Senator addresses DC gridlock | Martinsburg Journal
MARTINSBURG - While touring a couple business sites in Martinsburg Thursday, U.S. Sen. Joe Manchin, D-W.Va., felt compelled to apologize for things happening - or not happening - in Congress.
"I want to apologize for all the dysfunction in Washington," he told the crowd during groundbreaking ceremonies at DC Corp's new high-tech data center in the Rockefeller Science and Technology Park. "There is political gridlock in Washington and that's not why I was sent there. The best politician is the politician who does the right thing."
Manchin said America's economy should be taking off like a rocket, because of low energy prices and low interest rates.
"But the economy is stagnant, because of uncertainty, because of uncertainty in Washington," he said.
Later, after touring the Martinsburg Ecolab plant, Manchin again apologized to a gathering of employees.
"If you think it looks ugly, it's even uglier where I'm sitting," he said. "Political ambitions are rising above the good of the nation. And we need to do something before we hit the wall financially. We need a budget we can count on, not continuing resolutions. We have to get our financial house in order."
Manchin said the federal government shutdown "was uncalled for" and the $24 billion it cost the nation cannot be retrieved.
"We can't continue with a multi-trillion dollar debt," he said. "There could be a financial meltdown not because we don't raise the debt ceiling, but because we can't pay our bills. Politics is a criminal shame, but we can fix it."
Manchin said the world is a dangerous place, referring to Iran and its nuclear development program, and the civil war in Syria, adding that he was glad the United States did not take military action against Syria over the use of chemical weapons there.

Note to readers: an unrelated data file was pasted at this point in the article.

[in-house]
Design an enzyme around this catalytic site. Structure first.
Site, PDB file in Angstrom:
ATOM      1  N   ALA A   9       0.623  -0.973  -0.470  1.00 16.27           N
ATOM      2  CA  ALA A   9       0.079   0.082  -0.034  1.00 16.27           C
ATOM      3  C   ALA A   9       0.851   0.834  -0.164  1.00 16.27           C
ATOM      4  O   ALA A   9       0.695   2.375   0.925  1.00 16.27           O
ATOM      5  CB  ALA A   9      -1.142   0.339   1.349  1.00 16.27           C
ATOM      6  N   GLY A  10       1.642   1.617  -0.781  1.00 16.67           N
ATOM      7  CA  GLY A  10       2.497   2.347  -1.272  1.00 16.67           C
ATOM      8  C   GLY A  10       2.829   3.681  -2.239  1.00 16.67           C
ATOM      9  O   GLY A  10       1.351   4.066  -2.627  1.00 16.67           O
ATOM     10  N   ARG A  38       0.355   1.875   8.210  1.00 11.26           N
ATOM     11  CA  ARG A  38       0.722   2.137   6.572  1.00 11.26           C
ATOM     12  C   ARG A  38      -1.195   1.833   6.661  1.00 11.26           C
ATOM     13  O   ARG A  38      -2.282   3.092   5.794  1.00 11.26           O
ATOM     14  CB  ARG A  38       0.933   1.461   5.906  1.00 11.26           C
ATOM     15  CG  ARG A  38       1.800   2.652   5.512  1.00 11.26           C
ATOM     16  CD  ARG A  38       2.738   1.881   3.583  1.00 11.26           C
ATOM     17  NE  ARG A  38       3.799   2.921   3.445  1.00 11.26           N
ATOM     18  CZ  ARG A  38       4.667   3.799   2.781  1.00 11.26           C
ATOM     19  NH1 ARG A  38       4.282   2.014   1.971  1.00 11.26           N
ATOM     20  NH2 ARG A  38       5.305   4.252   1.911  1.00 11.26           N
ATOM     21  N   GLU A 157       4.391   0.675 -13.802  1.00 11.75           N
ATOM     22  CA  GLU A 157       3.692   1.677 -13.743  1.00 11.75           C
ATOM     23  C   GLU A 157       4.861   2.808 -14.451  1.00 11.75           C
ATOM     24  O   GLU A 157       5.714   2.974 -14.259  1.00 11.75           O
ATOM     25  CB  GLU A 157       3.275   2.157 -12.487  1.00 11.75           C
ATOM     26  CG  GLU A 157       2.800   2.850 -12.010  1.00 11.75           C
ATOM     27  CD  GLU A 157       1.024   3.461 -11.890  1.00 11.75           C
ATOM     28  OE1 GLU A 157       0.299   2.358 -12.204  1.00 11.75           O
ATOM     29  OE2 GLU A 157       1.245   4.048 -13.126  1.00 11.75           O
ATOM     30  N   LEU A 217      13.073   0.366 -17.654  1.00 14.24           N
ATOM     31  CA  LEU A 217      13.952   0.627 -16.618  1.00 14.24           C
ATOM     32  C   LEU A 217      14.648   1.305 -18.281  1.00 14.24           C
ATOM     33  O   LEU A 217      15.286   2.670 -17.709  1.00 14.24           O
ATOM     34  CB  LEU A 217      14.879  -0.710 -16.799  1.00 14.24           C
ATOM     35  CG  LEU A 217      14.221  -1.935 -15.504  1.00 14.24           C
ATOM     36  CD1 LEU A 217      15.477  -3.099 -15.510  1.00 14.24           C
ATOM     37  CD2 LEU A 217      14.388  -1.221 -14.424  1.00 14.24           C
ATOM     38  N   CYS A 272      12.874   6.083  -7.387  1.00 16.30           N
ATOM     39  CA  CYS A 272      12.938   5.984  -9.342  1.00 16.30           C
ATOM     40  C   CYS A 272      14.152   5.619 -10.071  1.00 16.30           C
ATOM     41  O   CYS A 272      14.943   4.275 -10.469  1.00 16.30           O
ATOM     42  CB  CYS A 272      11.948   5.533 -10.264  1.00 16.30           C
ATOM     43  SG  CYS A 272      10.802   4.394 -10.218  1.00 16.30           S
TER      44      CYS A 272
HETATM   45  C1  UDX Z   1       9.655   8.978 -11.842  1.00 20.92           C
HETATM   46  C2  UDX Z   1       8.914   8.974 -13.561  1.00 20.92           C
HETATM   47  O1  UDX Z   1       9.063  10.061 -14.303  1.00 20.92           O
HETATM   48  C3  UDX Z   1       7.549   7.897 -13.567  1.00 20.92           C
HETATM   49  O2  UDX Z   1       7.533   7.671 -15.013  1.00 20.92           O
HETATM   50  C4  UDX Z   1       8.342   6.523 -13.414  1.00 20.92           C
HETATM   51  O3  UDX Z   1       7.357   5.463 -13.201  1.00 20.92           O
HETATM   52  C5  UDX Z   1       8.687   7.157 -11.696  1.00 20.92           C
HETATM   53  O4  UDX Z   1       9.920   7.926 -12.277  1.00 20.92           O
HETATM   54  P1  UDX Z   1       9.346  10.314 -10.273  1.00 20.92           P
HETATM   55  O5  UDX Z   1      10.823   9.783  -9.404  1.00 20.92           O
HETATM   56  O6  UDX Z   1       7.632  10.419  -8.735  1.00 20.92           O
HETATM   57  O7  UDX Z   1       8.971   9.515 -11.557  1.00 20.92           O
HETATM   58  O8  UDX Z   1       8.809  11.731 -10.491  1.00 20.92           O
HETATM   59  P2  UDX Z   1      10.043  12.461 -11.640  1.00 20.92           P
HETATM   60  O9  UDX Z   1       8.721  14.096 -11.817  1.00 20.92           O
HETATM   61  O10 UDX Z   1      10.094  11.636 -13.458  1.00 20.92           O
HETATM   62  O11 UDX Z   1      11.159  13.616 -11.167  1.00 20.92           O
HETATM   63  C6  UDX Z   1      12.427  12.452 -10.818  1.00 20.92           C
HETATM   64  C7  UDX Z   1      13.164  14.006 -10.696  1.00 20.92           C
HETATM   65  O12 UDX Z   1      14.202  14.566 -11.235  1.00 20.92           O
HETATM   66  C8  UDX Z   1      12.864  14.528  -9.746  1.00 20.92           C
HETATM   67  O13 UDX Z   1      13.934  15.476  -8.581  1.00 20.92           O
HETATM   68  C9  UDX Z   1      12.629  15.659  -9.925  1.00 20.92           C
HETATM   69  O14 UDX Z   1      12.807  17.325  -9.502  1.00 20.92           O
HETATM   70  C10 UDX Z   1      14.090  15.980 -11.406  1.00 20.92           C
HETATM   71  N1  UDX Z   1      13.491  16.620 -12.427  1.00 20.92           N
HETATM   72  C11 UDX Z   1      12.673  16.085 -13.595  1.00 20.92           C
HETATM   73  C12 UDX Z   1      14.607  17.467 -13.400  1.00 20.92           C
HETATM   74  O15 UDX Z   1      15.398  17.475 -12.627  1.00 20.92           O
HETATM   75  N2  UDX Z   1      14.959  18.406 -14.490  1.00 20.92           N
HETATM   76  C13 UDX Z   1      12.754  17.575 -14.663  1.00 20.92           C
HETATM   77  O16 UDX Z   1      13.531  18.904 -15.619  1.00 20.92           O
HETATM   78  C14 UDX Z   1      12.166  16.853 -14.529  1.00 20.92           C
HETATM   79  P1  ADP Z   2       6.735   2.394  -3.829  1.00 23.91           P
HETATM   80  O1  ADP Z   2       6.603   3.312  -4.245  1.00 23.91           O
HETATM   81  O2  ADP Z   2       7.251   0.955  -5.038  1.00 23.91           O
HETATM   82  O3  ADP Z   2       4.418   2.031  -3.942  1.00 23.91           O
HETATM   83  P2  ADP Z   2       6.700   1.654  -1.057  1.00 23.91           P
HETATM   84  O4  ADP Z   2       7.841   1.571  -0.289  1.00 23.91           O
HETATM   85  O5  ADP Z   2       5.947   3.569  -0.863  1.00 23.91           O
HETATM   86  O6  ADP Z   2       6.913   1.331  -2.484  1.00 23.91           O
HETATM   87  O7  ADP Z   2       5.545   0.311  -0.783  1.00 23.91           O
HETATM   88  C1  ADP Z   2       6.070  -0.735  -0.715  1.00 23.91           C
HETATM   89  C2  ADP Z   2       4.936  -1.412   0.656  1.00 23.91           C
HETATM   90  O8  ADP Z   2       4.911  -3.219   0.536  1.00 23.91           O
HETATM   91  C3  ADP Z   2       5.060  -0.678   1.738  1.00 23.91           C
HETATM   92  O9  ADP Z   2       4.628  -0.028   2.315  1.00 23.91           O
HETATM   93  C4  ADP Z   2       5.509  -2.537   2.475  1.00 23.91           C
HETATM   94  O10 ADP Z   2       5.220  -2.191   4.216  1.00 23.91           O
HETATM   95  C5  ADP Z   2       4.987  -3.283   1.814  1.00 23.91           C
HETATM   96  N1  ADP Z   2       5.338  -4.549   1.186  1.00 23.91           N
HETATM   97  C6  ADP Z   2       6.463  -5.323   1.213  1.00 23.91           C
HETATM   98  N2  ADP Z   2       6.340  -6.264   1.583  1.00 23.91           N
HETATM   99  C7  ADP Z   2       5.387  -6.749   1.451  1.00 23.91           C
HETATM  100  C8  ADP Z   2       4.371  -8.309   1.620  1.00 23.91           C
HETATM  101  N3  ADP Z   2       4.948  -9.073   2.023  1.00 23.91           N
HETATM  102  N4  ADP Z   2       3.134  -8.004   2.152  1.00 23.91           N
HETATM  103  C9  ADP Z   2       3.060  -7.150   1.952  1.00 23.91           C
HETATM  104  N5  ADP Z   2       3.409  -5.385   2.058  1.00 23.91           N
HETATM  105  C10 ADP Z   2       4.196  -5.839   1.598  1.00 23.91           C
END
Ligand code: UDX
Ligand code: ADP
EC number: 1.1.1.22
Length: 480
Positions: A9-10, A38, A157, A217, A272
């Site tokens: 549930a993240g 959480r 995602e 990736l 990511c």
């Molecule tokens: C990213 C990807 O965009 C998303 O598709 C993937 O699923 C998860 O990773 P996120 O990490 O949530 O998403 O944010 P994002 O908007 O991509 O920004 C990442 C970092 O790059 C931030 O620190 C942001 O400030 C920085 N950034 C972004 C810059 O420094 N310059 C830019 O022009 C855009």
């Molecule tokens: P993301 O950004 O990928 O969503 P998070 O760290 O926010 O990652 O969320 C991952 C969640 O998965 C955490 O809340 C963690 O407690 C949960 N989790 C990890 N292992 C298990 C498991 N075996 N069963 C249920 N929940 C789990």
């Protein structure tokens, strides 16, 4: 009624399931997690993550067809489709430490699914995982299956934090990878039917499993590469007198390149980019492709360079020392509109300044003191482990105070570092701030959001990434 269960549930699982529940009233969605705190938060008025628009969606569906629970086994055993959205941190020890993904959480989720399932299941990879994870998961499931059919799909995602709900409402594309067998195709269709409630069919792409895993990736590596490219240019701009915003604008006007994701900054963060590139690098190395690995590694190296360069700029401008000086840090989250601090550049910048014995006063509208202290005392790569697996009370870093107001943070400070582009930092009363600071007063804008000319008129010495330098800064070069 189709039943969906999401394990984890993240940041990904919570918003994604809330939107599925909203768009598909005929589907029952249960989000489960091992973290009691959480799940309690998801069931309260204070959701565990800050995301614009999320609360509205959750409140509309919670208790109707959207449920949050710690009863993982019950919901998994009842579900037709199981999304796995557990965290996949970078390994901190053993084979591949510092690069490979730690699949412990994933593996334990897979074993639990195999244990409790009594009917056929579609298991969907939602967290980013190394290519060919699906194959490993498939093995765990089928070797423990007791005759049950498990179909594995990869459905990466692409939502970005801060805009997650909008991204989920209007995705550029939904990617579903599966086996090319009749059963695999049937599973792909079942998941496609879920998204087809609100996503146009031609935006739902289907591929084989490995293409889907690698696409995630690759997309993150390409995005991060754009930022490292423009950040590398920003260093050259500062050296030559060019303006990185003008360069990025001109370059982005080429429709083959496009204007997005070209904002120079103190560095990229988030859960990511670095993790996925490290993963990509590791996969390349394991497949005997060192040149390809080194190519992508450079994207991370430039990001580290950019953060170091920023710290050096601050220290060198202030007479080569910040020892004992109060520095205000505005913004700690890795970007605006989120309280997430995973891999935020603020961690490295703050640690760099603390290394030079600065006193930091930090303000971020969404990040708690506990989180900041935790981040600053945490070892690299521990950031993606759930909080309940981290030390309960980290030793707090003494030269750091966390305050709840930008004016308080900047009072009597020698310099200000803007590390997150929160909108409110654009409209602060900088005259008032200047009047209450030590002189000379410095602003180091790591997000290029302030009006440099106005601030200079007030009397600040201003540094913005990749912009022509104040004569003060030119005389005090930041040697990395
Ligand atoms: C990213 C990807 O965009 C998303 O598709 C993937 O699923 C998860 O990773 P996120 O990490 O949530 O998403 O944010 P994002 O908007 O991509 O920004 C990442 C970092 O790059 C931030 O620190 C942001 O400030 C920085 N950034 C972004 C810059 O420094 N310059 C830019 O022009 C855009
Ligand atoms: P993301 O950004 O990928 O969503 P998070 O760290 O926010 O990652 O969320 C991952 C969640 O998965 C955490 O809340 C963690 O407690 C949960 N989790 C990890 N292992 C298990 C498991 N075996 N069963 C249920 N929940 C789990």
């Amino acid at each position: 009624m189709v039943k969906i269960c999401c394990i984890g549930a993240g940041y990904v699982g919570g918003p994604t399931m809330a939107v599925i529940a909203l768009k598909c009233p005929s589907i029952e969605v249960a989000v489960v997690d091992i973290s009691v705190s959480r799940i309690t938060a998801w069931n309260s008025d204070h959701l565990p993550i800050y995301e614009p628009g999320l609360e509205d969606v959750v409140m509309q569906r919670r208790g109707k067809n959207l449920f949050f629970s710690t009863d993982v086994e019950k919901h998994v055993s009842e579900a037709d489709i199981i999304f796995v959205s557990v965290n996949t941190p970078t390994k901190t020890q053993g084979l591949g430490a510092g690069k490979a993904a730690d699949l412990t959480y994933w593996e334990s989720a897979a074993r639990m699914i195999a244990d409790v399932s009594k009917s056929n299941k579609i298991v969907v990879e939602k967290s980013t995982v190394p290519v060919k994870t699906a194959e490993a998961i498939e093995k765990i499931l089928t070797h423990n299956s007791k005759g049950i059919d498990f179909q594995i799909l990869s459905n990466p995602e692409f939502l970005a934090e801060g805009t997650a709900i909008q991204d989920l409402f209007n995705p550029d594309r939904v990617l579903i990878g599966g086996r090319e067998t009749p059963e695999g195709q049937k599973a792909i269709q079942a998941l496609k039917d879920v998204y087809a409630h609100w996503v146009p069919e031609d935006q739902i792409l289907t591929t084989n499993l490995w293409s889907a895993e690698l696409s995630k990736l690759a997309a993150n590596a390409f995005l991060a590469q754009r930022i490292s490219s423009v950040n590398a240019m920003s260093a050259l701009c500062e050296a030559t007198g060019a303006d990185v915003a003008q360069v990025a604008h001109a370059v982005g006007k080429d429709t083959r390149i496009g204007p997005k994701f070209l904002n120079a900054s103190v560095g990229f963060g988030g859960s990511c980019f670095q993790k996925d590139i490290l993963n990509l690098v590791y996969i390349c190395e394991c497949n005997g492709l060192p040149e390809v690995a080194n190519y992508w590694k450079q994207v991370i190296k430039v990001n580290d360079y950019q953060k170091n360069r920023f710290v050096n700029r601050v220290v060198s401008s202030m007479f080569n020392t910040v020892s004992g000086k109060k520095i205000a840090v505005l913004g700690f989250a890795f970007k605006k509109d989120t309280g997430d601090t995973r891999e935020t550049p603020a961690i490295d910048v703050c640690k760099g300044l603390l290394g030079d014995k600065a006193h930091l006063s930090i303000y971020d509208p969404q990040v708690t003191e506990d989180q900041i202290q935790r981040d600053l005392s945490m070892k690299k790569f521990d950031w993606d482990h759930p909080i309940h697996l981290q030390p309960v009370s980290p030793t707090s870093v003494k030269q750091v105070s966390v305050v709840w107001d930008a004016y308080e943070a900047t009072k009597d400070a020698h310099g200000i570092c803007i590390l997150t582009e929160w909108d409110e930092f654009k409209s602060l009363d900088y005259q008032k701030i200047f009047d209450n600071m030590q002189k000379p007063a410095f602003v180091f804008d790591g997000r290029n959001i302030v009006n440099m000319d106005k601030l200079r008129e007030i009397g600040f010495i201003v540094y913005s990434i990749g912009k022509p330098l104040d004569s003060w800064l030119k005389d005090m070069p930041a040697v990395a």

"We are the superpower in the world," he said. "But being a superpower is about more than military might. We can do whatever we want anywhere in the world. Being a superpower also means you have to have super patience, super discipline and super compassion.
"We can't be everything to everybody," Manchin continued. "We have to pick our priorities and help those who help themselves."
He said the biggest threat to America comes from within.
"We have generations who do not, who are not taking ownership of their country, who are not being a part of society," Manchin said. "They sit on the sideline and expect us to do for them. We have to change that mindset. Our children's generation must want to be part of a world power."
He said the Affordable Care Act, also known as Obamacare, would benefit a lot of people, but there are apparent problems with the program that need to be fixed.
Manchin is calling for a transitional year when no one would be fined for not enrolling in a health insurance plan. He and U.S. Sen. Johnny Isakson, R-Ga., are working on legislation to forego fines until Jan. 1, 2015.
He also criticized those who are trying to politicize the problems with the Affordable Care Act and private firms that are forcing employees off company health insurance policies and into the health care exchanges.
Manchin left the Ecolab employees with some advice: don't be intimidated by politicians.
"It a politician introduces himself with his title, you're going to have trouble," he said. "That means they think more about the title than the job."
By: John McVey
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